The current unrest in Moldova over disputed election results has turned the international spotlight on the small former Soviet state and its complicated relationship with Europe and Russia.

For a lot of people, it is the first time that this complicated country has entered the modern consciousness. But for many centuries, the Republic of Moldova, to give its full name, has been at the center of numerous power struggles on Europe's eastern fringes.

Way back in the Middle Ages, the territory which is modern day Moldova was part of the Principality of Moldavia. It was then part of the Russian Empire from 1812 until the Russian Revolution in 1917 before becoming part of Romania. Its stewardship changed hands a number of times during World War II until it was absorbed by the Soviet Union in 1944.

It remained a part of the USSR until the fall of the Soviet Union and survived a short but bloody civil war before gaining its independence in 1991. Since then, Moldova has struggled to produce a stable economy and is currently one of the poorest nations in Europe. But despite its economic strife and its checkered history, Moldova has been relatively peaceful over the last 18 years.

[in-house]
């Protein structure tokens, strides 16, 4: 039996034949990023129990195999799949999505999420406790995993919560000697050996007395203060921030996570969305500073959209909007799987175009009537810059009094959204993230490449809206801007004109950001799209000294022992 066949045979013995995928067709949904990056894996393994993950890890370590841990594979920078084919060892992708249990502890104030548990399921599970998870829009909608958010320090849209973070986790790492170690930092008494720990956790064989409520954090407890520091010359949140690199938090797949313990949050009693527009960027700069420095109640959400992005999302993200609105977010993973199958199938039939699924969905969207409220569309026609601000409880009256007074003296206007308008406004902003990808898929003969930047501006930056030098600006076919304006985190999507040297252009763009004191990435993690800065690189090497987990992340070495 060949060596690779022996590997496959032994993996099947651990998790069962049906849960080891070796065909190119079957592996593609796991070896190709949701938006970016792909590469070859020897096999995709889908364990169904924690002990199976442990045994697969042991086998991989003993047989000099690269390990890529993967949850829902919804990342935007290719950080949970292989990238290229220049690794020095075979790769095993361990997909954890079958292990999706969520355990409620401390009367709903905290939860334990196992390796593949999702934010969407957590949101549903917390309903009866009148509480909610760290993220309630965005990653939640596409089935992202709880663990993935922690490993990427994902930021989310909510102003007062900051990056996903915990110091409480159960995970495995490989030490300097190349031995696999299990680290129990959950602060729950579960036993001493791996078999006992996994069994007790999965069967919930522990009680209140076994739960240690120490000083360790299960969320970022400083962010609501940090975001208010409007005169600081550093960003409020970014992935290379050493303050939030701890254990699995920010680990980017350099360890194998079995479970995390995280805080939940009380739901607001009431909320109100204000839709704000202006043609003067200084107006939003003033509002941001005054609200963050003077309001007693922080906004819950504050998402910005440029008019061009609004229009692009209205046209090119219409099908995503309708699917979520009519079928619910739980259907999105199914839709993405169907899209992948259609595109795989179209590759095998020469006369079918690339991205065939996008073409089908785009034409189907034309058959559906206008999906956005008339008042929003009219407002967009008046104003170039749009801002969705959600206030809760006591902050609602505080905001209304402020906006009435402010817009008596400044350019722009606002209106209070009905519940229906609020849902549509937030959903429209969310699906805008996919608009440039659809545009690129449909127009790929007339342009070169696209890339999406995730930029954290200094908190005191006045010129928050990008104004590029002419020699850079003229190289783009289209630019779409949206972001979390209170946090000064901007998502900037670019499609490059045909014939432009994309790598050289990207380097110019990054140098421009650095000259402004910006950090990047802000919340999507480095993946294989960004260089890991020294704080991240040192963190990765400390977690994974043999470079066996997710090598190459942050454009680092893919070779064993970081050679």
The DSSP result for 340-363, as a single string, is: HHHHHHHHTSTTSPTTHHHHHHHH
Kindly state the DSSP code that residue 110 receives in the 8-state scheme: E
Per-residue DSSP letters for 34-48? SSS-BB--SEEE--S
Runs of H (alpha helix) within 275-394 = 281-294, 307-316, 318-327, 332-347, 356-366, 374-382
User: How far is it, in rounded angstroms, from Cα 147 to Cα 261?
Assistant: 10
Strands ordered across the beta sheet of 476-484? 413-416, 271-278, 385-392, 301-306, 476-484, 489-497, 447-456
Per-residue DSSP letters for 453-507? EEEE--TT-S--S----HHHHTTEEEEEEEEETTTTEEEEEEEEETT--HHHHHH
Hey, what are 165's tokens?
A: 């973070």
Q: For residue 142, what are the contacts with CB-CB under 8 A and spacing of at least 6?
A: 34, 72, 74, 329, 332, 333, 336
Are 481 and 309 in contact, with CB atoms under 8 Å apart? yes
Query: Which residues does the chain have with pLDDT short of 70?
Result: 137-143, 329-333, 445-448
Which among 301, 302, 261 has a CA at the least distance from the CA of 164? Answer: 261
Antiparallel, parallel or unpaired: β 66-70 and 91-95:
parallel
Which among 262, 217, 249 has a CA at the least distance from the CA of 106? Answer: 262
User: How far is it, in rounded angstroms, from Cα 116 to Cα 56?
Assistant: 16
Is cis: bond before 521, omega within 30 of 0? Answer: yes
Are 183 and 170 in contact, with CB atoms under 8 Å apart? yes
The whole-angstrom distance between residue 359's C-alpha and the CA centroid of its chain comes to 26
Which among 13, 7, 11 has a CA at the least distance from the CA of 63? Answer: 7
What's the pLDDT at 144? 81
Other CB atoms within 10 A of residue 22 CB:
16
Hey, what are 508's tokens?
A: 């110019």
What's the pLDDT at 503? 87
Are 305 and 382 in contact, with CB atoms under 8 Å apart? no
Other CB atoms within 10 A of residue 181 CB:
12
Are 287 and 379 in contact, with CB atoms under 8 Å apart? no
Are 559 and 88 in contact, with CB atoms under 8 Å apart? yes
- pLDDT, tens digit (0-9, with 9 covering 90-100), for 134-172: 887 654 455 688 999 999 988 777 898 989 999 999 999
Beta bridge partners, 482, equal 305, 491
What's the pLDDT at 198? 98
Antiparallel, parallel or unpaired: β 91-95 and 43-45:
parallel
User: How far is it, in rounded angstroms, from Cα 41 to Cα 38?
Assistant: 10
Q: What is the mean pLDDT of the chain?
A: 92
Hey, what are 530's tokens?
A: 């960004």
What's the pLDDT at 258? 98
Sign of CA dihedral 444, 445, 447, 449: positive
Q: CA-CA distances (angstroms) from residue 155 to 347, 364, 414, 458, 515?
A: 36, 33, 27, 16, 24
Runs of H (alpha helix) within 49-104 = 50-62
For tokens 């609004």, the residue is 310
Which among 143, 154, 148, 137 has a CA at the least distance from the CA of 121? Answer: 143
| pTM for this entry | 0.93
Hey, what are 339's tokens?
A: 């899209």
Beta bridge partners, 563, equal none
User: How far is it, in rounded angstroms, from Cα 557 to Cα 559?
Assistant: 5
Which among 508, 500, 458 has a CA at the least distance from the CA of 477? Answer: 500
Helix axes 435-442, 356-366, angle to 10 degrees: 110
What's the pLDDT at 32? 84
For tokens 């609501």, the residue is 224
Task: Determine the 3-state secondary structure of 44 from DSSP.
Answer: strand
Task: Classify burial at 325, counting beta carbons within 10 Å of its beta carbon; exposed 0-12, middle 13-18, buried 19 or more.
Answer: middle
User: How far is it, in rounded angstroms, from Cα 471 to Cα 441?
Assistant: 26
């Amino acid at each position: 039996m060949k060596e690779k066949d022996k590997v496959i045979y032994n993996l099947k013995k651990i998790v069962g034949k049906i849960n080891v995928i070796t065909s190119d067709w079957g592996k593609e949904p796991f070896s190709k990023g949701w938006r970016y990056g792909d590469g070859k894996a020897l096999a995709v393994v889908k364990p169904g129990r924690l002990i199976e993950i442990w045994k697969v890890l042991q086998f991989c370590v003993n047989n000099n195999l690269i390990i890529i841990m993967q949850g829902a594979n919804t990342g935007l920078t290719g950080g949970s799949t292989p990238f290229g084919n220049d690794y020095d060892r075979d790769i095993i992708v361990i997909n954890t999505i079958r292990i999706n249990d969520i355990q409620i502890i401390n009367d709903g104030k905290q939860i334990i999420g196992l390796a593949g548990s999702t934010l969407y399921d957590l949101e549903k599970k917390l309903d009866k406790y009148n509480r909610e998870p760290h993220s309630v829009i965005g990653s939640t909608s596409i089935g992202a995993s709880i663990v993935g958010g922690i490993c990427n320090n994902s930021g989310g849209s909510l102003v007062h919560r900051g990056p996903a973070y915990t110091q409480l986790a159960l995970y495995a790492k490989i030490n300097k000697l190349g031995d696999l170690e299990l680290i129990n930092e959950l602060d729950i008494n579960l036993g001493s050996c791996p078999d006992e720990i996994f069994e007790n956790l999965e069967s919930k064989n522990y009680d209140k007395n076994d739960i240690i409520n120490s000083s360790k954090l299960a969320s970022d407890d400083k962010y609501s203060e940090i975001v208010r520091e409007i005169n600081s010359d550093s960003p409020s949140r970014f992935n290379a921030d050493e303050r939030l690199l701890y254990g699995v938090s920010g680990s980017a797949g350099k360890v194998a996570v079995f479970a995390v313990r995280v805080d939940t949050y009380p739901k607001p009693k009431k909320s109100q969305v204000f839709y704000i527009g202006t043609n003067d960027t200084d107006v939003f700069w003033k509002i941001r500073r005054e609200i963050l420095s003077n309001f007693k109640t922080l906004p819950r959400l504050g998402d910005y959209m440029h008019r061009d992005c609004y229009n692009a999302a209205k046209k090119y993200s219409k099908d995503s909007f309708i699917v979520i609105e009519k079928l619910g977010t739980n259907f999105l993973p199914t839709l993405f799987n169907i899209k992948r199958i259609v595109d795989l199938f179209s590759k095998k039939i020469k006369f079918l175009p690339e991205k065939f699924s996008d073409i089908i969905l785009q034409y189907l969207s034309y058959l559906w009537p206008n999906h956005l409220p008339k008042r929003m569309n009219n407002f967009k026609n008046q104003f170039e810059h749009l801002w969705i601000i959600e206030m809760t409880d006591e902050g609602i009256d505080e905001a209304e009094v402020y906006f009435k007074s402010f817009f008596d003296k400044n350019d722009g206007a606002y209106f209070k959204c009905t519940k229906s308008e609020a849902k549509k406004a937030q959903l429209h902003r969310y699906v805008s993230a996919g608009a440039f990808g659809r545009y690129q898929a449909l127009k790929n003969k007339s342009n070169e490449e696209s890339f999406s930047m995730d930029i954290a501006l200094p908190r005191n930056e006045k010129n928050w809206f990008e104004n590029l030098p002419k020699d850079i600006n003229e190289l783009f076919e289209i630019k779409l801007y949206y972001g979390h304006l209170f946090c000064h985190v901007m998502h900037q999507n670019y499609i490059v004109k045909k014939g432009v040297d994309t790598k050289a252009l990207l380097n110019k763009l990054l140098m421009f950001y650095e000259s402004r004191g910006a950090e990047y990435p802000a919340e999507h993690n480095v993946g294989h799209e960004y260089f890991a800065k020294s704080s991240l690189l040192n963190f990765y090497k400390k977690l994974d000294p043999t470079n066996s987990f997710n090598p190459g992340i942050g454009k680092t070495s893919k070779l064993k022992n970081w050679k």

All of which led to a certain amount of surprise when protesters ransacked Communist President Vladimir Voronin's office and the parliament building during demonstrations over allegedly rigged  parliamentary elections on Tuesday.

The violence seemed to erupt from nowhere, but the protests that rocked Moldova reflected tensions that have long been simmering in a poor corner of Europe perched on the East-West fault line.

"The deeper causes go back to questions of identity and what Moldova's future is," Samuel Greene, deputy director at the Carnegie Center in Moscow, told Deutsche Welle. "Moldova is still suffering from the aftermath of a civil war and it doesn't have full sovereignty over its territory. In addition, in order to keep the peace Voronin has struck a compromise with Russia by which it promises basically not to move towards unification with Romania, which was being discussed at some point; it promises to really not look that seriously at European Union membership and certainly not to look at NATO membership." ...

This article was originally published in Deutsche Welle.